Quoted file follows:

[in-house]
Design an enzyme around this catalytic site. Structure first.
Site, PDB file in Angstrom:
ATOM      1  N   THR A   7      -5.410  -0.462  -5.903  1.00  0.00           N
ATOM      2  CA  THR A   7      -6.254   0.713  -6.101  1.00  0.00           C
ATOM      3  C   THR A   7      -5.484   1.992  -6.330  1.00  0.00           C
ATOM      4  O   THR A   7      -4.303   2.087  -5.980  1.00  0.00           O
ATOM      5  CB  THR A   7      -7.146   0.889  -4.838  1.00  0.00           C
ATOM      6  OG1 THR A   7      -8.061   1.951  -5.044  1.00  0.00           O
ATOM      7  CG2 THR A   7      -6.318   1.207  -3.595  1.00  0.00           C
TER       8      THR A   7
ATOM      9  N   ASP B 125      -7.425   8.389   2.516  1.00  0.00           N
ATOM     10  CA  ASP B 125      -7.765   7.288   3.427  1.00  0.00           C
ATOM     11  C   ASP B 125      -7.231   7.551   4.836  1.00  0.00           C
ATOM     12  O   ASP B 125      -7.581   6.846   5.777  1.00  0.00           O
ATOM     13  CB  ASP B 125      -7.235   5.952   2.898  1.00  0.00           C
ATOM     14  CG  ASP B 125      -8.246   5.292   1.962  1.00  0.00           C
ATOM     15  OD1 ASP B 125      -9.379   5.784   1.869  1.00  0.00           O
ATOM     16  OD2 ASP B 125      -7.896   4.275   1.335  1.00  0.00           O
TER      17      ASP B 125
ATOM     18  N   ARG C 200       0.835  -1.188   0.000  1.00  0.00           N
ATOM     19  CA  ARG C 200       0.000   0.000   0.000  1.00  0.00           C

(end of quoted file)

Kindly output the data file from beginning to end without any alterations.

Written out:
[in-house]
Design an enzyme around this catalytic site. Structure first.
Site, PDB file in Angstrom:
ATOM      1  N   THR A   7      -5.410  -0.462  -5.903  1.00  0.00           N
ATOM      2  CA  THR A   7      -6.254   0.713  -6.101  1.00  0.00           C
ATOM      3  C   THR A   7      -5.484   1.992  -6.330  1.00  0.00           C
ATOM      4  O   THR A   7      -4.303   2.087  -5.980  1.00  0.00           O
ATOM      5  CB  THR A   7      -7.146   0.889  -4.838  1.00  0.00           C
ATOM      6  OG1 THR A   7      -8.061   1.951  -5.044  1.00  0.00           O
ATOM      7  CG2 THR A   7      -6.318   1.207  -3.595  1.00  0.00           C
TER       8      THR A   7
ATOM      9  N   ASP B 125      -7.425   8.389   2.516  1.00  0.00           N
ATOM     10  CA  ASP B 125      -7.765   7.288   3.427  1.00  0.00           C
ATOM     11  C   ASP B 125      -7.231   7.551   4.836  1.00  0.00           C
ATOM     12  O   ASP B 125      -7.581   6.846   5.777  1.00  0.00           O
ATOM     13  CB  ASP B 125      -7.235   5.952   2.898  1.00  0.00           C
ATOM     14  CG  ASP B 125      -8.246   5.292   1.962  1.00  0.00           C
ATOM     15  OD1 ASP B 125      -9.379   5.784   1.869  1.00  0.00           O
ATOM     16  OD2 ASP B 125      -7.896   4.275   1.335  1.00  0.00           O
TER      17      ASP B 125
ATOM     18  N   ARG C 200       0.835  -1.188   0.000  1.00  0.00           N
ATOM     19  CA  ARG C 200       0.000   0.000   0.000  1.00  0.00           C